Objectives: To examine predictors of delayed diagnosis of inflammatory bowel disease in children and adolescents.
Study design: A total of 2,436 patients (age 0-18 years) with Crohn's disease, ulcerative colitis, or unclassified colitis were included from 53 pediatric gastroenterologists. Predictors were examined with the proportional hazards model, presented as hazard ratios (HR) with 95% confidence intervals. HR < 1.0 represent factors associated with late diagnosis.
Results: Median time to diagnosis was 4 (2-8) months. Crohn's disease (HR 0.62; 0.56-0.68), and within Crohn's disease, ileal disease (HR 0.77, 95% confidence interval 0.67 to 0.89) were associated with delayed diagnosis. Chances for early diagnosis increased with increasing age (HR 1.07 per year of age; 1.06 to 1.08). There was also an effect by center (HR 0.63, 0.52 to 0.67), but not by sex or country (Austria vs Germany). Growth failure was more common in those cases with delayed diagnosis.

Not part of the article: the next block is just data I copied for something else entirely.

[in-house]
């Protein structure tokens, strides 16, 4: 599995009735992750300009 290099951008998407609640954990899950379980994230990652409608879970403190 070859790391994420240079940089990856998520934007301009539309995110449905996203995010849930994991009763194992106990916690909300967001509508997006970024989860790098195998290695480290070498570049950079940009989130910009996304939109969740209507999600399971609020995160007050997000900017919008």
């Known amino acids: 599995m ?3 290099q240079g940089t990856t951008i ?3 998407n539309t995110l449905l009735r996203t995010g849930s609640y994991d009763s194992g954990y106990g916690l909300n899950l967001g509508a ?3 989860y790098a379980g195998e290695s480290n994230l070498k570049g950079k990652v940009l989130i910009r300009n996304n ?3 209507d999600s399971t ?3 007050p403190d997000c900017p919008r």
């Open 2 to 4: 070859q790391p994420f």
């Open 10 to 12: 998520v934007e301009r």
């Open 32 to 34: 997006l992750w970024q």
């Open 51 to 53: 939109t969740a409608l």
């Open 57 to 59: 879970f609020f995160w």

Conclusions: There is still concern about delays in the diagnosis of inflammatory bowel disease in the very young and in children with small bowel disease. Inequalities of care by region require further investigation.
Copyright © 2011. Published by Mosby, Inc.